News­pa­pers strug­gle to find path in dig­i­tal age

The China Post - - ARTS & LEISURE - BY ROB LEVER

The news re­mains mostly bleak for the Amer­i­can news­pa­per in­dus­try, strug­gling over the past decade to adapt to the new dig­i­tal land­scape.

The sale of the San Diego Union-Tri­bune in early May for US$85 mil­lion un­der­scored the hor­rific slump in the value of “old me­dia” com­pa­nies in re­cent years.

Although the sum paid by Tri­bune Pub­lish­ing was only marginally be­low the US$110 mil­lion in a 2011 sale of the San Diego group and ex­cluded some valu­able real es­tate, the news­pa­per was be­lieved to be worth as much as US$1 bil­lion as late as 2004.

The story is the same at other on­ce­proud U.S. metropoli­tan dailies: ac­cord­ing to the Pew Re­search Cen­ter, val­u­a­tions are down by more than 90 per­cent from their peaks at the Bos­ton Globe, Philadel­phia Inquirer, Chicago Sun-Times and Min­neapo­lis Star-Tri­bune.

While news­pa­pers are try­ing to get read­ers with dig­i­tal sub­scrip­tions and mo­bile apps, they are swim­ming against a pow­er­ful tide.

For the U.S. daily news­pa­per sec­tor over the past decade, week­day cir­cu­la­tion has fallen 17 per­cent and ad rev­enue more than 50 per­cent, ac­cord­ing to Pew.

And in 2014, three big me­dia com­pa­nies de­cided to spin off news­pa­pers to fo­cus on more prof­itable broad­cast or dig­i­tal prop­er­ties.

“Ev­ery news­pa­per chain talks about get­ting dig­i­tal faster. The plain truth is that de­spite al­most two decades of ef­fort, most aren’t close to where they need to be,” says Ken Doc­tor, an in­dus­try an­a­lyst who writes the New­so­nomics blog and is a con­sul­tant for the re­search firm Out­sell.

Soon, said Doc­tor, news­pa­pers will have few op­tions aside from cut­ting the fre­quency of the print edi­tion, as sev­eral dailies have done, to save ex­penses.

Can’t Find a Bot­tom

Doc­tor said the in­dus­try has failed to in­crease rev­enue since 2008, mak­ing it harder to in­vest in dig­i­tal.

In the first quar­ter of 2015, seven of the largest news­pa­per groups made a com­bined profit of US$21 mil­lion. In 2005, the large Gan­nett group alone earned US$1.8 bil­lion.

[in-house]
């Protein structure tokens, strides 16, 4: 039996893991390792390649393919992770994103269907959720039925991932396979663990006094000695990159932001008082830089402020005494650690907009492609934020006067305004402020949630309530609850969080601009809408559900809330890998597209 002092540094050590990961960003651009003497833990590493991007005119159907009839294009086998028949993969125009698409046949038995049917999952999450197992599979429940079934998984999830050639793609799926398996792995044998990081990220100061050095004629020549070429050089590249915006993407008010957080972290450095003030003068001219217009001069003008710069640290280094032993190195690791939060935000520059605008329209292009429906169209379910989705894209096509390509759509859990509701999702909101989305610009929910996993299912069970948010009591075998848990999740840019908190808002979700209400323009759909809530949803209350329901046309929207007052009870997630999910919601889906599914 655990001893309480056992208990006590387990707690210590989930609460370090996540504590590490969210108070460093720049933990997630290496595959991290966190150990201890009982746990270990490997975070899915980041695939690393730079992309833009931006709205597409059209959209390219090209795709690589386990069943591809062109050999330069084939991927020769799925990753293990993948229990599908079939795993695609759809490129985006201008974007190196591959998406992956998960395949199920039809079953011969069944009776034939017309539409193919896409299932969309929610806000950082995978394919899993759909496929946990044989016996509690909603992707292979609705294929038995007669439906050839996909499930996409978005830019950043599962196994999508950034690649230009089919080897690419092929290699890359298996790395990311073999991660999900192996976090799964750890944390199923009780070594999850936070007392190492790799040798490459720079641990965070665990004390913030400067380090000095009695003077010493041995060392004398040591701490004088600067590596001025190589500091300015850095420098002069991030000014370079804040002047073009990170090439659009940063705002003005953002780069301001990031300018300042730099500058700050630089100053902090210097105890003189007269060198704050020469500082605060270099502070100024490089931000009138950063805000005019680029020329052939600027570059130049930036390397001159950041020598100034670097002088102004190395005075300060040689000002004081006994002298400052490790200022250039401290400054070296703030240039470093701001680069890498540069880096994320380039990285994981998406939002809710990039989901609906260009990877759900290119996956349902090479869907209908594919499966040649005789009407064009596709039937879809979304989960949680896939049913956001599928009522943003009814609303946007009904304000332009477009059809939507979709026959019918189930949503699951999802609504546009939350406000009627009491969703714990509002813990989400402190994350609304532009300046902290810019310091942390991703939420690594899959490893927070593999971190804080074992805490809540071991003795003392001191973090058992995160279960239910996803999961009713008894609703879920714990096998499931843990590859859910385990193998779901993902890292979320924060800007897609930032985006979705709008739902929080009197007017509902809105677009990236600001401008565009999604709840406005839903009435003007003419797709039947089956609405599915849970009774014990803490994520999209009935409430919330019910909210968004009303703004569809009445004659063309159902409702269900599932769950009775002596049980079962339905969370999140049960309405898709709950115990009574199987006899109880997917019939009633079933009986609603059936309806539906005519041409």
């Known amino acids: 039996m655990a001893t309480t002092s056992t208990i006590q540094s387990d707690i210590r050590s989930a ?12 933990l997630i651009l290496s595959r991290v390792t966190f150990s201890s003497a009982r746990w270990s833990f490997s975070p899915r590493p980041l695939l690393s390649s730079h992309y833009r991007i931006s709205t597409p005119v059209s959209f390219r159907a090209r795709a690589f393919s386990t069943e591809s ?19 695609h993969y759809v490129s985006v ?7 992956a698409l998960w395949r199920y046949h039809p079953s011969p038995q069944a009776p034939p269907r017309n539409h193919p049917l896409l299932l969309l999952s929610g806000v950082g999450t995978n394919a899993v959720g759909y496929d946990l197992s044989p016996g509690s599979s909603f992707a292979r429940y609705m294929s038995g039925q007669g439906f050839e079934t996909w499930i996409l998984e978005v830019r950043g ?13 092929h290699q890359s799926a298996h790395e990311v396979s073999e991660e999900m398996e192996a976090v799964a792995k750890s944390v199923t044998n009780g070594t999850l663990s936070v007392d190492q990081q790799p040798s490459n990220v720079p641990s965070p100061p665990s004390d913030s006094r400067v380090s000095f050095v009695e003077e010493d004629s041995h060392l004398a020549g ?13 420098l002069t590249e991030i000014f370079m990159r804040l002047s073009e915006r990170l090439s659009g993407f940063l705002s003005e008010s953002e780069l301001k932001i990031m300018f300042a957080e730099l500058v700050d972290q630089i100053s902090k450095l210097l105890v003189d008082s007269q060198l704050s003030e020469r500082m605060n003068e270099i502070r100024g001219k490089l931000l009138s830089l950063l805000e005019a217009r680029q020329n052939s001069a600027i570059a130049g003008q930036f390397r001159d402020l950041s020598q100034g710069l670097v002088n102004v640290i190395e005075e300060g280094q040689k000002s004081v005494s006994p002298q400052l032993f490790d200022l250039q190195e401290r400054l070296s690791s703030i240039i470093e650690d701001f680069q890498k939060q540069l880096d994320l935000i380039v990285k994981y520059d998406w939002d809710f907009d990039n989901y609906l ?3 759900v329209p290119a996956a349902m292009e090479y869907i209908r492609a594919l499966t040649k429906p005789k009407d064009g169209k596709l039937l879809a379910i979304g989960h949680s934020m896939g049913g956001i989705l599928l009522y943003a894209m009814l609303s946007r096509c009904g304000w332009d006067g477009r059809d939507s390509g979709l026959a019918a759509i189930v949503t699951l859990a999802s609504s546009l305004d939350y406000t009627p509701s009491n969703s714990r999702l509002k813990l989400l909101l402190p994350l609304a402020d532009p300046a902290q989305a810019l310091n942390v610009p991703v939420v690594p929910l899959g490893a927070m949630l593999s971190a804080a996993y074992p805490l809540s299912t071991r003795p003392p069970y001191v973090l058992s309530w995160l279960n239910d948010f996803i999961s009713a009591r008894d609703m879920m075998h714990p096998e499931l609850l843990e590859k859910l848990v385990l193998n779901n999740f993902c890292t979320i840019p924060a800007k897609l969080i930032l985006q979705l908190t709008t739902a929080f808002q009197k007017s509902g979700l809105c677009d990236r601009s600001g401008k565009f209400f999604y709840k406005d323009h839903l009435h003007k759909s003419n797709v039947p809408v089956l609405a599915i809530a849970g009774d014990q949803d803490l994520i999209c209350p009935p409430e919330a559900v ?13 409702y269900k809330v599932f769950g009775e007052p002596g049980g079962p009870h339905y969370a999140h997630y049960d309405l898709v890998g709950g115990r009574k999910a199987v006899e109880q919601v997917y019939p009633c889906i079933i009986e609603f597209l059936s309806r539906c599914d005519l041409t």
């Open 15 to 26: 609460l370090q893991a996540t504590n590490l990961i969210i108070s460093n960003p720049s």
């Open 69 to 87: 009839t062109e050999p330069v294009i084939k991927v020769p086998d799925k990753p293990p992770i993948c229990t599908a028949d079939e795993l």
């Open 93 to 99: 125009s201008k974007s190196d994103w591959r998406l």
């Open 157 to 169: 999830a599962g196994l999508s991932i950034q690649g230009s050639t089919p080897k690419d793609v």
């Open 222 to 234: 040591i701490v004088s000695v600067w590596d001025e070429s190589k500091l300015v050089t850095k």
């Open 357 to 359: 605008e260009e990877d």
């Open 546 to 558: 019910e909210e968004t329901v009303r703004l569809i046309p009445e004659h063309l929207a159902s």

“Th­ese com­pa­nies have lit­tle to in­vest,” Doc­tor said.

“They’re still pay­ing off debt, is­su­ing div­i­dends, keep­ing up with pen­sion obligations, and an­tic­i­pat­ing print ad re­sults that can’t find a bot­tom.”

Even the New York Times, among the most ag­gres­sive in shift­ing to dig­i­tal news, ac­knowl­edged re­cently that 70 per­cent of its rev­enues come from print.

But news­pa­per or­ga­ni­za­tions need to re­think their strat­egy to act more like star­tups, says Alan Mut­ter, a for­mer Chicago news­pa­per edi­tor who is now a con­sul­tant on dig­i­tal news.

“Peo­ple in the me­dia busi­ness have to rec­og­nize they’re not in the print or broad­cast­ing busi­ness, they are in the busi­ness of at­tract­ing au­di­ences” to sell ad­ver­tis­ing, he said.

Mut­ter said many me­dia or­ga­ni­za­tions are un­der pres­sure to de­liver quar­terly earn­ings, which pre­vent a long-term strat­egy.

One ex­cep­tion is the Wash­ing­ton Post, which un­der new owner and Ama­zon founder Jeff Be­zos has been ex­pand­ing in news gath­er­ing as it re­fines its dig­i­tal strat­egy.

This has paid off with a 65 per­cent jump in dig­i­tal vis­i­tors in the year through April, ac­cord­ing to comS­core fig­ures.

Un­der Be­zos, “the Post has in­vested in re­port­ing and de­sign, they have em­bed­ded tech­nol­ogy and de­sign peo­ple, they’ve done a lot of things right,” Mut­ter said.

Although this has prob­a­bly not trans­lated into prof­its, Mut­ter said that “Be­zos takes a long view and it’s his own money.”

Some news­pa­pers have part­nered with Face­book, which will host the con­tent and de­liver ar­ti­cles to users of the so­cial net­work, po­ten­tially help­ing boost ad rev­enues.

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